CAPRI protein–protein docking results. (a) (i): Energy spectrum of models generated in global docking calculations carried out before experimental structures were released (ii) free energy landscape mapped out by starting trajectories at lowest energy points sampled in global docking runs. (b): comparison of predicted (blue) rigid body orientation with X-ray crystal structure (red and yellow). (c): close up of interface showing that in addition to the rigid body orientation also the detailed conformations of the sidechains were correctly predicted. The predicted models are those submitted to the CAPRI organizers and are the lowest energy models found in the global and local searches shown on the (a).

These very promising results suggest that the method may soon be useful for generating models of biologically important complexes from the structures of the isolated components, and more generally suggest that high-resolution modelling of structures and interactions is within reach. A clear goal for our monomeric structure prediction work is to approach the level of accuracy of these models.


Ab initio prediction of peptide-MHC binding geometry for diverse class I MHC allotypes

Since determining the crystallographic structure of all peptide-MHC complexes is infeasible, an accurate prediction of the conformation is a critical computational problem. These models can be useful for determining binding energetics, predicting the structures of specific ternary complexes with T-cell receptors, and designing new molecules interacting with these complexes. The main difficulties are (1) adequate sampling of the large number of conformational degrees of freedom for the flexible peptide, (2) predicting subtle changes in the MHC interface geometry upon binding, and (3) building models for numerous MHC allotypes without known structures. Whereas previous studies have approached the sampling problem by dividing the conformational variables into different sets and predicting them separately, we have refined the Biased-Probability Monte Carlo docking protocol in internal coordinates to optimize a physical energy function for all peptide variables simultaneously. We also imitated the induced fit by docking into a more permissive smooth grid representation of the MHC followed by refinement and reranking using an all-atom MHC model. Our method was tested by a comparison of the results of cross-docking 14 peptides into HLA-A*0201 and 9 peptides into H-2K b as well as docking peptides into homology models for five different HLA allotypes with a comprehensive set of experimental structures. The surprisingly accurate prediction (0.75 Å backbone RMSD) for cross-docking of a highly flexible decapeptide, dissimilar to the original bound peptide, as well as docking predictions using homology models for two allotypes with low average backbone RMSDs of less than 1.0 Å illustrate the method's effectiveness. Finally, energy terms calculated using the predicted structures were combined with supervised learning on a large data set to classify peptides as either HLA-A*0201 binders or nonbinders. In contrast with sequence-based prediction methods, this model was also able to predict the binding affinity for peptides to a different MHC allotype (H-2K b ), not used for training, with comparable prediction accuracy. Proteins 2006. © 2006 Wiley-Liss, Inc.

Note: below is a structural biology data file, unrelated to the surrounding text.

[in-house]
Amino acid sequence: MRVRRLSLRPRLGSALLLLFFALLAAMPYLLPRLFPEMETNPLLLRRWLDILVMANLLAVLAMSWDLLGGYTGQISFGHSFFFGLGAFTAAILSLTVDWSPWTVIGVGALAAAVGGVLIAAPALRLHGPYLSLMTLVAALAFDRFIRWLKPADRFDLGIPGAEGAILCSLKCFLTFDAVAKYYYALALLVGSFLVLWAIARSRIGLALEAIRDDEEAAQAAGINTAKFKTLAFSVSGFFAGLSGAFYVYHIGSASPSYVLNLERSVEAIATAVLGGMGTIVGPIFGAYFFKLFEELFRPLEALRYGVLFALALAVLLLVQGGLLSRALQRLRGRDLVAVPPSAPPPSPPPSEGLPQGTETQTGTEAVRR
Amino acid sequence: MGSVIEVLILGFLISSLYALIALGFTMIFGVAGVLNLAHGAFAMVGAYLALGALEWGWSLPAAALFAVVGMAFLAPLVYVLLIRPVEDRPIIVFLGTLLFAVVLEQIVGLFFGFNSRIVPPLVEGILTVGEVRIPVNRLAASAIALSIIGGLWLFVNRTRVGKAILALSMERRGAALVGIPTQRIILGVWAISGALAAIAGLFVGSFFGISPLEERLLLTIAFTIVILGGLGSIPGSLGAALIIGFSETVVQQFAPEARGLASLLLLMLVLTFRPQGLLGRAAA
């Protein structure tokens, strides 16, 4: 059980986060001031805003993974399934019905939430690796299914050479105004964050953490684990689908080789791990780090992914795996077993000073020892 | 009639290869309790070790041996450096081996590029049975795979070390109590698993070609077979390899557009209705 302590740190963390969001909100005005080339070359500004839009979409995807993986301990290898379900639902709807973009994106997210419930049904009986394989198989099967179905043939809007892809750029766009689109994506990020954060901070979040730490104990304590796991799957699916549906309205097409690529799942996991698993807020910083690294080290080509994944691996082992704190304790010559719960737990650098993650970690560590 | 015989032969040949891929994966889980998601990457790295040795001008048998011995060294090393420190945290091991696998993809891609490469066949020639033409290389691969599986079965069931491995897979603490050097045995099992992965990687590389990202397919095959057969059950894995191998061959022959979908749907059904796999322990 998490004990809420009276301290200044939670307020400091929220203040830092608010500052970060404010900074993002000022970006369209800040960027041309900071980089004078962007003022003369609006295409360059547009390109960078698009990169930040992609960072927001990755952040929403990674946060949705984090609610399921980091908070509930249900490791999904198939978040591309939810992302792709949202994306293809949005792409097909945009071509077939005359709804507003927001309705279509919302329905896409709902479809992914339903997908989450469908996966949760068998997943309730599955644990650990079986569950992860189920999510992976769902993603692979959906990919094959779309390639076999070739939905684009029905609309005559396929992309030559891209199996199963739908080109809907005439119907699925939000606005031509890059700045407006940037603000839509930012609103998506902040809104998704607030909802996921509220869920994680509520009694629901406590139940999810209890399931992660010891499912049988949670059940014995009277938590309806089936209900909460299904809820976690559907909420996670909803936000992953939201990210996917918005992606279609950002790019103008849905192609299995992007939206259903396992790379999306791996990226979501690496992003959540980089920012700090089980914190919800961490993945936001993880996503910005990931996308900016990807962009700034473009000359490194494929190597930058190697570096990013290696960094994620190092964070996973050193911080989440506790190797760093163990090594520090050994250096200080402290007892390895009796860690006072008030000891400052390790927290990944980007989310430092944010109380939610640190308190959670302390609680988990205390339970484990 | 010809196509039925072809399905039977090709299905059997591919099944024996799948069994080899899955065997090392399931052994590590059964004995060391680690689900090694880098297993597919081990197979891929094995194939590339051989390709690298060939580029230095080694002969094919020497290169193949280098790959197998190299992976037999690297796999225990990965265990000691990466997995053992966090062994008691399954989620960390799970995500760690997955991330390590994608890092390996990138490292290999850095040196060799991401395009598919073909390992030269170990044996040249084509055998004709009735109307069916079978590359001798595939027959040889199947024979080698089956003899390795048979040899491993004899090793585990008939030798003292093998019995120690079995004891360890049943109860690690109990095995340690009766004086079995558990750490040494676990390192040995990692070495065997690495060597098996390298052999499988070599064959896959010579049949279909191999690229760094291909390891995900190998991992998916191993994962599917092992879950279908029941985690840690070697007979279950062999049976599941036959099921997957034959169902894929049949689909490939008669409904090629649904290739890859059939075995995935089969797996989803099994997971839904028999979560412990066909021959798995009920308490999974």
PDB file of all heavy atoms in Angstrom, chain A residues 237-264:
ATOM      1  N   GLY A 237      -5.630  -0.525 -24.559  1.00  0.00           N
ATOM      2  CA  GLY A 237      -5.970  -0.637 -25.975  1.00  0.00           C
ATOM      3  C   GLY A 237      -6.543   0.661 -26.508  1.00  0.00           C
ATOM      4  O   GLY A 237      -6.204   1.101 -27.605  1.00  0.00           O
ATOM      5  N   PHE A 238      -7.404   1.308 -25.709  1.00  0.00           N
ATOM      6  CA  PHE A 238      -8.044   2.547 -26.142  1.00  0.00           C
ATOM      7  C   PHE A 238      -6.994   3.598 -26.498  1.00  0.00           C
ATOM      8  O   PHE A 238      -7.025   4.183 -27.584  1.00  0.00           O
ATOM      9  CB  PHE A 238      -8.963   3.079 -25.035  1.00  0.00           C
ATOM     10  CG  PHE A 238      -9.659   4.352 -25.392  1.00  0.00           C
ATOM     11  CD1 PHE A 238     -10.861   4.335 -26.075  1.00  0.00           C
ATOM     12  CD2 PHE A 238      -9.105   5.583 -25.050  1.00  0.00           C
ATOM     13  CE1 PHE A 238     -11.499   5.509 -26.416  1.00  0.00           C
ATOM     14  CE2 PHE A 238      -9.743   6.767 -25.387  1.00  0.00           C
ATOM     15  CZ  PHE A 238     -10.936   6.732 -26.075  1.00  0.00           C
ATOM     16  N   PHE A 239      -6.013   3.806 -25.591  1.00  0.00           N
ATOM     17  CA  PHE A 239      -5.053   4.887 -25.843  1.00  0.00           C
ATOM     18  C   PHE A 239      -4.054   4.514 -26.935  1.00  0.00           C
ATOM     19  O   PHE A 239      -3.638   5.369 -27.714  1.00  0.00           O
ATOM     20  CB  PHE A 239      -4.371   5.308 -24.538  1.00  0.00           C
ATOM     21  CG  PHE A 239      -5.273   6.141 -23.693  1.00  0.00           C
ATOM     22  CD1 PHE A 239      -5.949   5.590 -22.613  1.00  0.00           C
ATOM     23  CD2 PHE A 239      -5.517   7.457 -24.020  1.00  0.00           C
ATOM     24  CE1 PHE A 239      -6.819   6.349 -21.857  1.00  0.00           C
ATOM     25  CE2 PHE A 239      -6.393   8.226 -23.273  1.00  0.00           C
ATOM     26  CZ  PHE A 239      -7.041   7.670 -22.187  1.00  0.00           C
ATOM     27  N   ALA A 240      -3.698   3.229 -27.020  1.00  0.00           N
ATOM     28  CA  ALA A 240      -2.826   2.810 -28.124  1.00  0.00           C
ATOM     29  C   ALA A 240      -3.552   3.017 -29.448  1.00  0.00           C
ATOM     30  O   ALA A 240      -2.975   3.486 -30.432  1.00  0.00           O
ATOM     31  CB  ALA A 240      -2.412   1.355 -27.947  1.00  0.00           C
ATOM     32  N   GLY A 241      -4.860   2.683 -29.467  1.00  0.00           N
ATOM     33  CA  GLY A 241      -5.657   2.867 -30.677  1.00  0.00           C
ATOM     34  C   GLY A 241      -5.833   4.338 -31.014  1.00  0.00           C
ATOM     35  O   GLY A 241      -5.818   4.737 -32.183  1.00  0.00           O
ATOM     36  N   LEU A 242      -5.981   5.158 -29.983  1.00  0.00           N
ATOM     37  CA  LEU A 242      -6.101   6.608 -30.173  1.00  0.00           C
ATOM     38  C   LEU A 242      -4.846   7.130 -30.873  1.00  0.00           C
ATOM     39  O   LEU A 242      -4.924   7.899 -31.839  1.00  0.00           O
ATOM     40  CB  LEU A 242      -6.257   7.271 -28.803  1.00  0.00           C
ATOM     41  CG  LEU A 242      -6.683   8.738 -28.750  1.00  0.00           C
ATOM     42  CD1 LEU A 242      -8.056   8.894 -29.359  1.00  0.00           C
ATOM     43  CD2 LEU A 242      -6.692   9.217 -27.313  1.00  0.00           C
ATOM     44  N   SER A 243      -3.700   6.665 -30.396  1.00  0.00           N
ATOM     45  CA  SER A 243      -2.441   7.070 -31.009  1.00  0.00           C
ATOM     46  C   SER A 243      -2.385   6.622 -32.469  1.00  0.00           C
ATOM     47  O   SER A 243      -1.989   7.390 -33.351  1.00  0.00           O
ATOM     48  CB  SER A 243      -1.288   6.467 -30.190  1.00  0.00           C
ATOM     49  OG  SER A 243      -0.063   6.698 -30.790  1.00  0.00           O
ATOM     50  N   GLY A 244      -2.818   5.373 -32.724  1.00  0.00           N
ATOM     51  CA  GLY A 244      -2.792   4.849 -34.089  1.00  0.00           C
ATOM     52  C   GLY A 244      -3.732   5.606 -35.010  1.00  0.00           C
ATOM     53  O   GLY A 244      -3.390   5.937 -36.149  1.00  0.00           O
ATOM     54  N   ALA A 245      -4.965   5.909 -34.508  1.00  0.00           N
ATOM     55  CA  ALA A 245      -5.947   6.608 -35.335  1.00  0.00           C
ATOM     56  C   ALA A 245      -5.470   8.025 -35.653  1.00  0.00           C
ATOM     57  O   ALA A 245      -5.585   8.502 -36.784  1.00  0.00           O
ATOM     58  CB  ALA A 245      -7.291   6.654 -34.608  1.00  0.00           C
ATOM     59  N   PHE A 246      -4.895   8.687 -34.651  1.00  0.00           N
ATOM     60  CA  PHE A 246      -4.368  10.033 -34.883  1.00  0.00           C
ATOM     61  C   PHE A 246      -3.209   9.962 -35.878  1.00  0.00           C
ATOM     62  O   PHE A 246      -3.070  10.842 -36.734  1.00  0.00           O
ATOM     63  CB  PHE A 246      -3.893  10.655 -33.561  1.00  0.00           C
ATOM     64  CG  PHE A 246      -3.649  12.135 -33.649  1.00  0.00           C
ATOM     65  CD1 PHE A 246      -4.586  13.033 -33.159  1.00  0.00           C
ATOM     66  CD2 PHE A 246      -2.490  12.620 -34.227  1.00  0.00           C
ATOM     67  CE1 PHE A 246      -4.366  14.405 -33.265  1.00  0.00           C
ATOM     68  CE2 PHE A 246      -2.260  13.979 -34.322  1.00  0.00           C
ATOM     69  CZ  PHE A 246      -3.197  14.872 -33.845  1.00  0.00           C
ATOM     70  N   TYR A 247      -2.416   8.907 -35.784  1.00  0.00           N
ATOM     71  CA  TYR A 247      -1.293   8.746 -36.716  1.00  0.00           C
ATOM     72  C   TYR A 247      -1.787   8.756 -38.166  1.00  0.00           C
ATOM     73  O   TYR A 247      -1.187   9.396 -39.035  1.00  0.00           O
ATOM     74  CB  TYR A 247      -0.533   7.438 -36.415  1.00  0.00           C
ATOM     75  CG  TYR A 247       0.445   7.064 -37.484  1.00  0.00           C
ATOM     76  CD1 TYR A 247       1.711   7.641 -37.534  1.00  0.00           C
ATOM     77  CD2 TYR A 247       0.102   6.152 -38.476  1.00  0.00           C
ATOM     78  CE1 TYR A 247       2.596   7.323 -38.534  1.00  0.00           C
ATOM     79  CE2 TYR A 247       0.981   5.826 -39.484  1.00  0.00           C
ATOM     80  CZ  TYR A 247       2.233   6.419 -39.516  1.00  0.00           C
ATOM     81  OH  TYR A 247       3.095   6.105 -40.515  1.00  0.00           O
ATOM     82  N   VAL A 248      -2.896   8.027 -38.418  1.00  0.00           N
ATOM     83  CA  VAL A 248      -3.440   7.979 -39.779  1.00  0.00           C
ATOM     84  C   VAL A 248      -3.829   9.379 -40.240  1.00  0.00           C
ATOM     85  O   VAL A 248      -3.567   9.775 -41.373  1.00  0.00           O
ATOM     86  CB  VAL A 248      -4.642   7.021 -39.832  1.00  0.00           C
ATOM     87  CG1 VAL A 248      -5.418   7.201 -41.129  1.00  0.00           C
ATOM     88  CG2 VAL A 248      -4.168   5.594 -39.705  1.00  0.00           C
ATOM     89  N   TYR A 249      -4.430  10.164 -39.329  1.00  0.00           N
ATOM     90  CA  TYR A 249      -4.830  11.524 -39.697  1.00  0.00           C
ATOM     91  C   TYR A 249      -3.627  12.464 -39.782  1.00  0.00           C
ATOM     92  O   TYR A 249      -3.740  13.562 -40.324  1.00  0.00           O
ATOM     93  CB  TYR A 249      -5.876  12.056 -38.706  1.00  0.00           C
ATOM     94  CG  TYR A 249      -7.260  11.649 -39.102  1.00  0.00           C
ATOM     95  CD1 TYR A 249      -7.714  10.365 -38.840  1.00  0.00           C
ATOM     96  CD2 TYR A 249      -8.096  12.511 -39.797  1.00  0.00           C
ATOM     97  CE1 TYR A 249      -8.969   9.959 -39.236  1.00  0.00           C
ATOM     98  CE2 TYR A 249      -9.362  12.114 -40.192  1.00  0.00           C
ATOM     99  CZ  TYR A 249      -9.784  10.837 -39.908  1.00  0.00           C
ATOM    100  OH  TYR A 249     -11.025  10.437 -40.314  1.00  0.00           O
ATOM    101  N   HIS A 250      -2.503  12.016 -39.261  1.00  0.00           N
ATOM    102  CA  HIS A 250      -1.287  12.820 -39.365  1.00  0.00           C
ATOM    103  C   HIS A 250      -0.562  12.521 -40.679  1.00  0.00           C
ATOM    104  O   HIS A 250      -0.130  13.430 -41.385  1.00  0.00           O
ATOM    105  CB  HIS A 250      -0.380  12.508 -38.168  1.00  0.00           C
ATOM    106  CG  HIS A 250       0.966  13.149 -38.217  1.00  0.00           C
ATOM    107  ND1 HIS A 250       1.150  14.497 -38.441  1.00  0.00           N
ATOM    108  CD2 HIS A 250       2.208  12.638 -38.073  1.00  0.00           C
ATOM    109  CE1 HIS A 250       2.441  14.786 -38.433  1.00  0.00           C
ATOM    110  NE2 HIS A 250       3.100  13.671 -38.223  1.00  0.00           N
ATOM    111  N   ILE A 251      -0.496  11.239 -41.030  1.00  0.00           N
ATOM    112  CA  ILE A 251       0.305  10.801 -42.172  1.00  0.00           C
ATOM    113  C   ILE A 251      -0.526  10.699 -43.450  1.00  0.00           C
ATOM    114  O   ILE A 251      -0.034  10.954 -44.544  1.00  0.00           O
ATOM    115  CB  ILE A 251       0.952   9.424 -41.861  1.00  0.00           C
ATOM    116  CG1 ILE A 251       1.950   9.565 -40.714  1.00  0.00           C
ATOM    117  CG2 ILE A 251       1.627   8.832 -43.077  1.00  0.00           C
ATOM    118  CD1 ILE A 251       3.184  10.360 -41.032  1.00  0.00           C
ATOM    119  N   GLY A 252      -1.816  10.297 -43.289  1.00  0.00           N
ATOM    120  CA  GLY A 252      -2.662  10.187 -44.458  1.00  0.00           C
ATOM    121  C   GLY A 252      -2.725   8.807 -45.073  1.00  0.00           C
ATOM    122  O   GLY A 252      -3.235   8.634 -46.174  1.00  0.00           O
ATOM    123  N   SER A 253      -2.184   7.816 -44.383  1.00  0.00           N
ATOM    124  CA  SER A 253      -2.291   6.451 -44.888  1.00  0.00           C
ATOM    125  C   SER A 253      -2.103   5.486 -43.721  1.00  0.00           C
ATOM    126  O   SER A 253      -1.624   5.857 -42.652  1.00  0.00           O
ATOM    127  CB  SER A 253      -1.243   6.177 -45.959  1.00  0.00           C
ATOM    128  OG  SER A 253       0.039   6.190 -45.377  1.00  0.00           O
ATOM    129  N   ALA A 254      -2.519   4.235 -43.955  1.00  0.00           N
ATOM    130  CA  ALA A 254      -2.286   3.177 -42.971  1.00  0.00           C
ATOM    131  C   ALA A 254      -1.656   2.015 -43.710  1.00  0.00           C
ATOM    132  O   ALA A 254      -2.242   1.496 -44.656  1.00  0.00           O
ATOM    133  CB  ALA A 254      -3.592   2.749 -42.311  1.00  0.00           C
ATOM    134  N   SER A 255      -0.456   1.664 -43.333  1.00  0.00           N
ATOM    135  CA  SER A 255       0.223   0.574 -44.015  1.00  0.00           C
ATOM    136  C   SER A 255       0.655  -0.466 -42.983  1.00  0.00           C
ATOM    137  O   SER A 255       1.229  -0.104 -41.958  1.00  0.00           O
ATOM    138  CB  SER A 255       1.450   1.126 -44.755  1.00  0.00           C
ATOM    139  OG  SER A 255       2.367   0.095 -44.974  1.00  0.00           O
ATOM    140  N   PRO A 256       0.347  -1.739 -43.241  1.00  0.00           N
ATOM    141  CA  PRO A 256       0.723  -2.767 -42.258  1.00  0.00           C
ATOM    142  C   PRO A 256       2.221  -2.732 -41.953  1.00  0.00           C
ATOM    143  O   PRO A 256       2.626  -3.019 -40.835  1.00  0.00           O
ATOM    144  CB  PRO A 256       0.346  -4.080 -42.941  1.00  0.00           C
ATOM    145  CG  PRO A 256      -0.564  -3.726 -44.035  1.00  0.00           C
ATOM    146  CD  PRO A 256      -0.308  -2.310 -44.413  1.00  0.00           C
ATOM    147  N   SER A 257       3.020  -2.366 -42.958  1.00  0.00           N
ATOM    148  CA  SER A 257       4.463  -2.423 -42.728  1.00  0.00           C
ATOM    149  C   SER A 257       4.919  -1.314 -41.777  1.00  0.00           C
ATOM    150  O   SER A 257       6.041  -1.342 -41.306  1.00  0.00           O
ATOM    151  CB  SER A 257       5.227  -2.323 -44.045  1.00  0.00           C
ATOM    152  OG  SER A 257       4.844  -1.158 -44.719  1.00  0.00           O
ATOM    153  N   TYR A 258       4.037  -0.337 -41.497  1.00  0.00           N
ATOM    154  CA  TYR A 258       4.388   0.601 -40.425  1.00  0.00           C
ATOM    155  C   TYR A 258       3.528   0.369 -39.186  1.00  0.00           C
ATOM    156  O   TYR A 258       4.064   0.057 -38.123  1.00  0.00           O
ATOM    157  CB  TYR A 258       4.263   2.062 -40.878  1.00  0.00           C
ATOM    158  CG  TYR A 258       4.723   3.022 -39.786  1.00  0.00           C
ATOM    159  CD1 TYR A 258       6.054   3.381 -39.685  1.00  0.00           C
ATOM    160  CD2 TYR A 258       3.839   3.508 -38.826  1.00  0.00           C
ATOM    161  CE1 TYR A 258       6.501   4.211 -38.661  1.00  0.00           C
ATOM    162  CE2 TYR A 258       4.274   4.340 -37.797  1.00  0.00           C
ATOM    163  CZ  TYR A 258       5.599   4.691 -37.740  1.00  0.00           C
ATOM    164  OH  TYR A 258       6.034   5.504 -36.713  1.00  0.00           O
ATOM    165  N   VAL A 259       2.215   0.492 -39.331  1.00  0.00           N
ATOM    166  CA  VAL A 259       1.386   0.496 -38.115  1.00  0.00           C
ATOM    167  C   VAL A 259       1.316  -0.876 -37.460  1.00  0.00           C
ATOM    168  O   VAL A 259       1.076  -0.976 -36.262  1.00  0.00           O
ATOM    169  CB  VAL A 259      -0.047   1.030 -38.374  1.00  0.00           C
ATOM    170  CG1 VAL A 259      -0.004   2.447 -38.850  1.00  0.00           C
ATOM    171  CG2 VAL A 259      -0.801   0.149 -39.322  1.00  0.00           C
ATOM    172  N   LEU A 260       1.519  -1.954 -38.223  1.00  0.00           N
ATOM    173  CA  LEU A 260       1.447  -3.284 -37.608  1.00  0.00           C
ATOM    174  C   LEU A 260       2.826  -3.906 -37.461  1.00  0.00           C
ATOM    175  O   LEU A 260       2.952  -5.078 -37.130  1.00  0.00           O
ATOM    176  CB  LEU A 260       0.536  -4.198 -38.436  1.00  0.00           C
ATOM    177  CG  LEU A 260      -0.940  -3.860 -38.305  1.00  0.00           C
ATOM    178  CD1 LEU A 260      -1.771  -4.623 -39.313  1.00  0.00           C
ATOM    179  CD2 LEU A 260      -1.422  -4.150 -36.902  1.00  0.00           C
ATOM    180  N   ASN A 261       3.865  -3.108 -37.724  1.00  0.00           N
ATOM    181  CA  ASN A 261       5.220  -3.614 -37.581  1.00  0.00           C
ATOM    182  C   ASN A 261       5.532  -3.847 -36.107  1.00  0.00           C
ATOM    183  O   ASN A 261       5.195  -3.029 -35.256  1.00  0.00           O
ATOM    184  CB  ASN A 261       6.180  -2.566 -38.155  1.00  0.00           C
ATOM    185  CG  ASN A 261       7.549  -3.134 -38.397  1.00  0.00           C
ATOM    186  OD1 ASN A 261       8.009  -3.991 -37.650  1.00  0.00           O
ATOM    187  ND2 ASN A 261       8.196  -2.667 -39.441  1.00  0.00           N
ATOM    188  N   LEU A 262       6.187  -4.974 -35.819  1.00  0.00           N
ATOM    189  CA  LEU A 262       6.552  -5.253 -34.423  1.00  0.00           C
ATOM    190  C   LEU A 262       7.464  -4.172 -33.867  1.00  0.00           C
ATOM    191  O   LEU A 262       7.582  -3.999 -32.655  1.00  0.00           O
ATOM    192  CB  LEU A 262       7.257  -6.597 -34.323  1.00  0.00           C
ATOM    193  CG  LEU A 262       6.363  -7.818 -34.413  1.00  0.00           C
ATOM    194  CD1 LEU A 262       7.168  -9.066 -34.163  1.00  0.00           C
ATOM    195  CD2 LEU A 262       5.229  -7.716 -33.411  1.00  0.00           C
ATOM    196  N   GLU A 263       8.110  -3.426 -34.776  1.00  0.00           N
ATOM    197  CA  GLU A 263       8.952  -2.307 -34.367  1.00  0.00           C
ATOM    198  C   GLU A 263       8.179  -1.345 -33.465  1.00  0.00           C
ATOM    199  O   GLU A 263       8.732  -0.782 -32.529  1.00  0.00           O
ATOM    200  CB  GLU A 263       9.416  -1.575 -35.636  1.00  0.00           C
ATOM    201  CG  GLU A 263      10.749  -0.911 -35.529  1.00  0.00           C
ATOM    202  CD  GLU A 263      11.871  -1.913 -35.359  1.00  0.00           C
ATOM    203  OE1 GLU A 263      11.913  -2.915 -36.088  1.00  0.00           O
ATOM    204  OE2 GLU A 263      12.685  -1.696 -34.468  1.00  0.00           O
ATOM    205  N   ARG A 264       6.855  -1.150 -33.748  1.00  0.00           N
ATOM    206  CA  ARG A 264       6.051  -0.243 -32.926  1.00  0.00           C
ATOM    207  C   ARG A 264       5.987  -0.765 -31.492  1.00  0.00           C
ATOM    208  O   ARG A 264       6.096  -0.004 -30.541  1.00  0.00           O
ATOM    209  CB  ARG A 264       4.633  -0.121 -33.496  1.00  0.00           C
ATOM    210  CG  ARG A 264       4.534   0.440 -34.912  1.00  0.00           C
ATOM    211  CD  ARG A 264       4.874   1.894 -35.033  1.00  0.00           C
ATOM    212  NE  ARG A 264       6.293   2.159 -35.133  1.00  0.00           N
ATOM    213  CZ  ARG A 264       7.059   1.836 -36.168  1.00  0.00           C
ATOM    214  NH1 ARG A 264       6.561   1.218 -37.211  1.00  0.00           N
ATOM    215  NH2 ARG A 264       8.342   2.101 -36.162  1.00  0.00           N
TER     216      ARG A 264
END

The Supplementary Materials referred to in this article can be found at http://www.interscience.wiley.com/jpages/0887-3585/suppmat/

Filename Description
jws-prot.20831.dat1.dat3 KB A0201 binders.
jws-prot.20831.dat2.dat3 KB A0201 non-binders.
jws-prot.20831.dat3.dat250 B Kb binders.
jws-prot.20831.dat4.dat250 B Kb non-binders.